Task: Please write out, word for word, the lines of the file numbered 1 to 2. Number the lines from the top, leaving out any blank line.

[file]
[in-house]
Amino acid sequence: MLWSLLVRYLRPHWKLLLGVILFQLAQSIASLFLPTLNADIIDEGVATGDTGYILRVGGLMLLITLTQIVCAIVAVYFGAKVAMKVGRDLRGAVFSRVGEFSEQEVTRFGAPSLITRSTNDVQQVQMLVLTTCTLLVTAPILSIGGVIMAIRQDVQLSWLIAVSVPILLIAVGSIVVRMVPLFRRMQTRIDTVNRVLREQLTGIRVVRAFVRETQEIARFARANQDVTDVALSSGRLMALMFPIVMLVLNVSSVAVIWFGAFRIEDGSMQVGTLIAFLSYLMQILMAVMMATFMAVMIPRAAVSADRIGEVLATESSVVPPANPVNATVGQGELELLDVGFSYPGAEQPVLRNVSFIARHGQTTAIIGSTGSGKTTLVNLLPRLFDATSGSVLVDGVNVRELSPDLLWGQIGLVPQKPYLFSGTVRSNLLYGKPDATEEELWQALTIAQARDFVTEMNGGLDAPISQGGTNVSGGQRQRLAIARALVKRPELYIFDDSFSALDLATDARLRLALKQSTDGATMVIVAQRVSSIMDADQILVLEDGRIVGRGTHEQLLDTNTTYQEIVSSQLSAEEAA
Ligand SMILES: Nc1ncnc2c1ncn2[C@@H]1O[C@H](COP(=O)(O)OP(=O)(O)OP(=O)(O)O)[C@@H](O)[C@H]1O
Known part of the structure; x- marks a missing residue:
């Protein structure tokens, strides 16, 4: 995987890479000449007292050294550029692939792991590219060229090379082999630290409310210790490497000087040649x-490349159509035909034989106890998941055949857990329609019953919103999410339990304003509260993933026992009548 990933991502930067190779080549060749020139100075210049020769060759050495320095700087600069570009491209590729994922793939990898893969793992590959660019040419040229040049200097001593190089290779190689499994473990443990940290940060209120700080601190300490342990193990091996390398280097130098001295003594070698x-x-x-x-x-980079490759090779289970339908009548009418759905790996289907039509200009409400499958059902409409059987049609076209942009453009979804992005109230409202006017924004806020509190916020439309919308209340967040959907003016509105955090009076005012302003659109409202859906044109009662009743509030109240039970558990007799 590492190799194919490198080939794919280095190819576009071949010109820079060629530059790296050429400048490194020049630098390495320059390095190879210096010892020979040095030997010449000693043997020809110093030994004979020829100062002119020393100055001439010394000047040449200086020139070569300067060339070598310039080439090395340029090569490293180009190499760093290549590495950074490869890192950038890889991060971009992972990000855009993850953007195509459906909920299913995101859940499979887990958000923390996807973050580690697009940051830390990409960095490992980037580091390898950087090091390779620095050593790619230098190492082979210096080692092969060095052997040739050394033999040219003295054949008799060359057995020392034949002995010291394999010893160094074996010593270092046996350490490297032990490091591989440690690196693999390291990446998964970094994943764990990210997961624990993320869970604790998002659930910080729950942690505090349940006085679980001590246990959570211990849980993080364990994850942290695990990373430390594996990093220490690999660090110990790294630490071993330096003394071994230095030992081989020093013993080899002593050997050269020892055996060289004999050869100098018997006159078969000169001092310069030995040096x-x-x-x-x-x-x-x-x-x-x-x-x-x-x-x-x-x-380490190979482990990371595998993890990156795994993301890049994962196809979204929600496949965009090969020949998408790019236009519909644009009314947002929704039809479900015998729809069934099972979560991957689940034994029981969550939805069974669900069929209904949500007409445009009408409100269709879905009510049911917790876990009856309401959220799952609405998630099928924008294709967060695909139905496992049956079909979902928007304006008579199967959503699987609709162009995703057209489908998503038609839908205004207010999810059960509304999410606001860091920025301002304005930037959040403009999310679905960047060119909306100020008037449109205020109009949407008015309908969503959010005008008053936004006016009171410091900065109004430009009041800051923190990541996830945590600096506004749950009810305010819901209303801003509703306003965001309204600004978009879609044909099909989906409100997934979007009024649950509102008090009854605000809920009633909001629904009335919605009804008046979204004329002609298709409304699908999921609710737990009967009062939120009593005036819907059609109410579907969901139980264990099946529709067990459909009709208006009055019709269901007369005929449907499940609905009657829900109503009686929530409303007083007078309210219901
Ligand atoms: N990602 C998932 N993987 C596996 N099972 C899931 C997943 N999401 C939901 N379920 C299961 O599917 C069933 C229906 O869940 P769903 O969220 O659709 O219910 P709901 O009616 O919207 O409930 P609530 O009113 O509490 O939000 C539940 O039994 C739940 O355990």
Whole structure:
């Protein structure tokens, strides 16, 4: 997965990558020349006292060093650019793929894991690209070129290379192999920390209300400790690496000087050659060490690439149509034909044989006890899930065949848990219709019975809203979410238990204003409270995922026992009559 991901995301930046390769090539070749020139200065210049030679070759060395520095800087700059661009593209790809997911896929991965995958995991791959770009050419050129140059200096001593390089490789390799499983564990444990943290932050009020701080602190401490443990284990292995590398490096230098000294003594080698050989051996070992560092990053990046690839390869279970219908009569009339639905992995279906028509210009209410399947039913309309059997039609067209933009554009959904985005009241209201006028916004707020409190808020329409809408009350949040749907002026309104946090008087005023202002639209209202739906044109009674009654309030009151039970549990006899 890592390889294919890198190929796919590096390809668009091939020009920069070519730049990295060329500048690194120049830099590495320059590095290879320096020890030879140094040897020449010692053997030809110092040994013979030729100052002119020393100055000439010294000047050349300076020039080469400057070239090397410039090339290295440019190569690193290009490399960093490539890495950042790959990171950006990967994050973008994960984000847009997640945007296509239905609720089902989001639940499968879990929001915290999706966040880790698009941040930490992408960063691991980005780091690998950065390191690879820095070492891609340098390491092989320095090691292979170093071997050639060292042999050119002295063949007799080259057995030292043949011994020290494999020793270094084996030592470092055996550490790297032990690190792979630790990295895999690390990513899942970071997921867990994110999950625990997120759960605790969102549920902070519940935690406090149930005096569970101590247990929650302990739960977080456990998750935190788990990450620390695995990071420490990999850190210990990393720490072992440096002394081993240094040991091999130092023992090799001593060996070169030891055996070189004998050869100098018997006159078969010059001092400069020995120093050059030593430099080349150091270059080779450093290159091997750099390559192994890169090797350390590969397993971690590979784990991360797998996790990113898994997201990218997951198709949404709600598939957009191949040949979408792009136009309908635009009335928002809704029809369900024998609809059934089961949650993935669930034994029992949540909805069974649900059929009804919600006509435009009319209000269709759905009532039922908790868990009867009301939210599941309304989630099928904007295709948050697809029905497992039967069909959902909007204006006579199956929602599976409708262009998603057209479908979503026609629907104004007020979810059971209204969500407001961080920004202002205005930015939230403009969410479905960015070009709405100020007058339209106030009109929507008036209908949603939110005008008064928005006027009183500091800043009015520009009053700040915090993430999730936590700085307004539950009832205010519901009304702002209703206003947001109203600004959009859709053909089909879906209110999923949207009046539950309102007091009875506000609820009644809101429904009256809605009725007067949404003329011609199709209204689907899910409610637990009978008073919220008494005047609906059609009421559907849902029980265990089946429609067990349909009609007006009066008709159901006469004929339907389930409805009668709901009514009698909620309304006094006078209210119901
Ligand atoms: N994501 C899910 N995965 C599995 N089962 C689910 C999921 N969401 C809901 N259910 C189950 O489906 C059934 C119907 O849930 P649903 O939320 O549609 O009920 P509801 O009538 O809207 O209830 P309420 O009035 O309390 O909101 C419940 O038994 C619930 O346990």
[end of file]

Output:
[in-house]
Amino acid sequence: MLWSLLVRYLRPHWKLLLGVILFQLAQSIASLFLPTLNADIIDEGVATGDTGYILRVGGLMLLITLTQIVCAIVAVYFGAKVAMKVGRDLRGAVFSRVGEFSEQEVTRFGAPSLITRSTNDVQQVQMLVLTTCTLLVTAPILSIGGVIMAIRQDVQLSWLIAVSVPILLIAVGSIVVRMVPLFRRMQTRIDTVNRVLREQLTGIRVVRAFVRETQEIARFARANQDVTDVALSSGRLMALMFPIVMLVLNVSSVAVIWFGAFRIEDGSMQVGTLIAFLSYLMQILMAVMMATFMAVMIPRAAVSADRIGEVLATESSVVPPANPVNATVGQGELELLDVGFSYPGAEQPVLRNVSFIARHGQTTAIIGSTGSGKTTLVNLLPRLFDATSGSVLVDGVNVRELSPDLLWGQIGLVPQKPYLFSGTVRSNLLYGKPDATEEELWQALTIAQARDFVTEMNGGLDAPISQGGTNVSGGQRQRLAIARALVKRPELYIFDDSFSALDLATDARLRLALKQSTDGATMVIVAQRVSSIMDADQILVLEDGRIVGRGTHEQLLDTNTTYQEIVSSQLSAEEAA